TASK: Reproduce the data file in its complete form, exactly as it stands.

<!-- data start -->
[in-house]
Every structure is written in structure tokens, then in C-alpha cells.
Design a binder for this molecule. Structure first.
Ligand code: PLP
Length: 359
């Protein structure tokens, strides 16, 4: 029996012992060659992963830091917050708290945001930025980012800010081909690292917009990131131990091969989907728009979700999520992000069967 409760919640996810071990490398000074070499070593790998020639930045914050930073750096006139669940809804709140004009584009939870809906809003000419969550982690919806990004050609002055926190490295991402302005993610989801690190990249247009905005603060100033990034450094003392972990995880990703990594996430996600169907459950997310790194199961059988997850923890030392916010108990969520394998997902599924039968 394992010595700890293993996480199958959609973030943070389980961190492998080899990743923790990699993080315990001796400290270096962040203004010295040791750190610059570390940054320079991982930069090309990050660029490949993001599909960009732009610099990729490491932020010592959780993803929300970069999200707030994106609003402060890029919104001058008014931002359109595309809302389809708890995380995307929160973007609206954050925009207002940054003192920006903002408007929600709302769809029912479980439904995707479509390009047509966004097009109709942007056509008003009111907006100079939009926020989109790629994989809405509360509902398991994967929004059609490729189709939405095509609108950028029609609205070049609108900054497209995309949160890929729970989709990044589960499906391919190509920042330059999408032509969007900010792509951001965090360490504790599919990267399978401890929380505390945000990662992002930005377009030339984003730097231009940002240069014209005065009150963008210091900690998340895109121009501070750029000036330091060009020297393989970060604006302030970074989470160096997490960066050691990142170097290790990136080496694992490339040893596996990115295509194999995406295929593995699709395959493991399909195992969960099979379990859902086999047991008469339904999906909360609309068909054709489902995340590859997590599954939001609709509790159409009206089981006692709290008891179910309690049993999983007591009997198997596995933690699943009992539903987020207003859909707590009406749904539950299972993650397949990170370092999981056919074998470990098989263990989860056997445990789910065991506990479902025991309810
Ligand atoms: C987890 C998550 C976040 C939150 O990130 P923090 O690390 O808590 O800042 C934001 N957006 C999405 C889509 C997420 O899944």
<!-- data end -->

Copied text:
[in-house]
Every structure is written in structure tokens, then in C-alpha cells.
Design a binder for this molecule. Structure first.
Ligand code: PLP
Length: 359
């Protein structure tokens, strides 16, 4: 029996012992060659992963830091917050708290945001930025980012800010081909690292917009990131131990091969989907728009979700999520992000069967 409760919640996810071990490398000074070499070593790998020639930045914050930073750096006139669940809804709140004009584009939870809906809003000419969550982690919806990004050609002055926190490295991402302005993610989801690190990249247009905005603060100033990034450094003392972990995880990703990594996430996600169907459950997310790194199961059988997850923890030392916010108990969520394998997902599924039968 394992010595700890293993996480199958959609973030943070389980961190492998080899990743923790990699993080315990001796400290270096962040203004010295040791750190610059570390940054320079991982930069090309990050660029490949993001599909960009732009610099990729490491932020010592959780993803929300970069999200707030994106609003402060890029919104001058008014931002359109595309809302389809708890995380995307929160973007609206954050925009207002940054003192920006903002408007929600709302769809029912479980439904995707479509390009047509966004097009109709942007056509008003009111907006100079939009926020989109790629994989809405509360509902398991994967929004059609490729189709939405095509609108950028029609609205070049609108900054497209995309949160890929729970989709990044589960499906391919190509920042330059999408032509969007900010792509951001965090360490504790599919990267399978401890929380505390945000990662992002930005377009030339984003730097231009940002240069014209005065009150963008210091900690998340895109121009501070750029000036330091060009020297393989970060604006302030970074989470160096997490960066050691990142170097290790990136080496694992490339040893596996990115295509194999995406295929593995699709395959493991399909195992969960099979379990859902086999047991008469339904999906909360609309068909054709489902995340590859997590599954939001609709509790159409009206089981006692709290008891179910309690049993999983007591009997198997596995933690699943009992539903987020207003859909707590009406749904539950299972993650397949990170370092999981056919074998470990098989263990989860056997445990789910065991506990479902025991309810
Ligand atoms: C987890 C998550 C976040 C939150 O990130 P923090 O690390 O808590 O800042 C934001 N957006 C999405 C889509 C997420 O899944």